Auburn 'tickled to death' to be playing in Allstate Sugar Bowl

Conference pride on the line when Auburn faces Oklahoma (2:23)

Todd McShay, Mark May and Danny Kanell detail what they're looking for when Auburn faces Oklahoma in the Sugar Bowl. (2:23)

Success is a matter of perspective.

Two years ago, Auburn finished the regular season 8-4 with losses to Texas A&M, Georgia and Alabama in the final month, and it was considered a disappointment. The Tigers were coming off an appearance in the BCS national championship game the year before, and three losses in the final four games just wasn’t going to cut it. They settled for a trip to the Outback Bowl.

This year, the résumé looks eerily similar. Auburn is 8-4 again heading into its bowl game, and three of the four losses came against Texas A&M, Georgia and Alabama.

But the feeling of disappointment has turned into excitement for Auburn players and coaches. Despite four losses, the Tigers still finished No. 14 in the College Football Playoff rankings, and as the second-highest ranked team in the SEC, they’re headed to New Orleans where they will face No. 7 Oklahoma in the Allstate Sugar Bowl on Jan. 2 (8:30 p.m. ET, ESPN).

“We’re tickled to death to be playing in the Sugar Bowl,” Auburn coach Gus Malzahn said during Sunday night’s Sugar Bowl teleconference.

Malzahn isn’t one who you’d say is “tickled to death” often. But considering where this team was in the month of September -- 1-2 heading into a pivotal game against LSU, with jobs on the line -- Malzahn’s enthusiasm is understandable.

The Tigers went from a team that some thought might not even play in a bowl game to a team now playing in a New Year’s Six bowl.

“There are high expectations here at Auburn, and I have high expectations,” Malzahn said. “We got off to a tough start, and obviously we played a very good schedule early on with Clemson being one of those teams and almost beat them. But our guys really rallied. We had a very young team. We had very few starters back on offense, and it kind of took some growing.”

Auburn still needed some help down the stretch, though. The Tigers won six straight games beginning with that LSU game back in September, but after losing two of their final three games, there were multiple teams in the conference who had a shot at snatching the Sugar Bowl bid.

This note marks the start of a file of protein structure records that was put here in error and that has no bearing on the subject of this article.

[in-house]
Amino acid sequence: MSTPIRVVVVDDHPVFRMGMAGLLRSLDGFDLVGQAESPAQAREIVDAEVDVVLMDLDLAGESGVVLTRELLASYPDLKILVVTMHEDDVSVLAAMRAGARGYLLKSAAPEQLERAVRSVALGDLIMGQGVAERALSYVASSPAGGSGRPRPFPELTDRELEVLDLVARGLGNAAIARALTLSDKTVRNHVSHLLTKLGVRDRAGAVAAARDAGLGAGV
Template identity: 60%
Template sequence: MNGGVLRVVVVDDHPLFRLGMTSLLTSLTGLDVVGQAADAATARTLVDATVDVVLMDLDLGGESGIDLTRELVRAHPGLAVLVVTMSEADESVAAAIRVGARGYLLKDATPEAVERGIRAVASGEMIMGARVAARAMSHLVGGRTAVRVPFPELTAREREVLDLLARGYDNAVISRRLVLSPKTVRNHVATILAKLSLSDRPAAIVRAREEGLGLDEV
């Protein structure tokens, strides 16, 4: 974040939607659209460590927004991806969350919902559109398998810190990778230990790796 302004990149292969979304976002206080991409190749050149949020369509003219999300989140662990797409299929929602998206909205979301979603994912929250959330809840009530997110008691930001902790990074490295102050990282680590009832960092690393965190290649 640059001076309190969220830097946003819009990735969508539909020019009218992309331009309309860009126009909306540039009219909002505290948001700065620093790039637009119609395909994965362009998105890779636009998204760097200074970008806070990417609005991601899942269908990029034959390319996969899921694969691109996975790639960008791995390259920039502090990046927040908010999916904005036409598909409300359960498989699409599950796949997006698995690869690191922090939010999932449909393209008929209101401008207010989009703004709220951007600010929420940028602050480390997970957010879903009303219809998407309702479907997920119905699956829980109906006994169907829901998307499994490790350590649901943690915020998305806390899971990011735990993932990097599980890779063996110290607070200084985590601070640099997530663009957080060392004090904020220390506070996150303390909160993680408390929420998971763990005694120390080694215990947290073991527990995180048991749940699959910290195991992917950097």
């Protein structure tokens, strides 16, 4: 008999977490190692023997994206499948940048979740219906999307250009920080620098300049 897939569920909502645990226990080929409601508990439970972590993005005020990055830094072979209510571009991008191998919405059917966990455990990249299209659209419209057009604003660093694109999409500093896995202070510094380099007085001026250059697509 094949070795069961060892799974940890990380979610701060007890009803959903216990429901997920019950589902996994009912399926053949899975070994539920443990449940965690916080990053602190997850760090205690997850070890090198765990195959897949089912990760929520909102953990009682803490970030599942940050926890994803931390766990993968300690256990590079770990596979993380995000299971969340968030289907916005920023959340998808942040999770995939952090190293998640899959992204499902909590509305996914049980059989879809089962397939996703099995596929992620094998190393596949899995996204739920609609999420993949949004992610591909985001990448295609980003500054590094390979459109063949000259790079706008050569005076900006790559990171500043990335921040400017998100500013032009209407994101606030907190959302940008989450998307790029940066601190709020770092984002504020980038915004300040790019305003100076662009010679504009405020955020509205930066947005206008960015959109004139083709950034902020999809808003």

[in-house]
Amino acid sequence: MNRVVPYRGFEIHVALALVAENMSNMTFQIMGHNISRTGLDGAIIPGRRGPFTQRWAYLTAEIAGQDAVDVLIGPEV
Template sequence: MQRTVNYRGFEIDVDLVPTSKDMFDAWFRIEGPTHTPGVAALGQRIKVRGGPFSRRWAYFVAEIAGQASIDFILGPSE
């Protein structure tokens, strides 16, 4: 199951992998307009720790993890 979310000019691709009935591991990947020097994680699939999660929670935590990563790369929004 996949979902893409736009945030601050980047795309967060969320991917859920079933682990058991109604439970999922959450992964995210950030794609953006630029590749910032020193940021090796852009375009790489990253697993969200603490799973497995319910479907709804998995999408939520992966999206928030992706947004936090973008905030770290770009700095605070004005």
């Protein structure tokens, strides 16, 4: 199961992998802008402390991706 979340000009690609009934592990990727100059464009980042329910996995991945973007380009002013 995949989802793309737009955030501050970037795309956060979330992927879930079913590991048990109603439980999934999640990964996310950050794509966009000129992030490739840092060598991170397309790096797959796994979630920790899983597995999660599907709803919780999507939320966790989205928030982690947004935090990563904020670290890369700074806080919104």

Had LSU scored from the 1-yard line on the final play against Florida, it likely would’ve been those Tigers making the short trip to New Orleans. Had Tennessee not lost to Vanderbilt in the season finale, the Volunteers would have probably represented the SEC in the game. And if Florida had beaten Florida State or even played close against Alabama, there’s a chance the Gators would have finished higher in the rankings than Auburn.

However, none of those things happened. And as a result, it’s Auburn who will have the opportunity to play in next month’s Sugar Bowl.

“We’ll definitely be motivated,” Malzahn said. “Our team is extremely excited to be playing in a game like the Sugar Bowl. That’s a very big deal, and our players understand that. We’ve got really strong leadership on this team. We’ll be ready to play, and we'll have to be ready to play.”

The Tigers should be healthy, too. Injuries to quarterback Sean White and running back Kamryn Pettway significantly affected the offense in losses against Georgia and Alabama, but Malzahn said he’s pretty certain both players will be close to 100 percent by the time Auburn plays its bowl game. In fact, he thinks the whole team should be close to 100 percent by then.

Was it a down year in the SEC? Sure. Is Auburn worthy of a spot in the New Year’s Six? Maybe not. But this team is plenty excited to be there, and when healthy, they proved they can be as dangerous as any team in college football.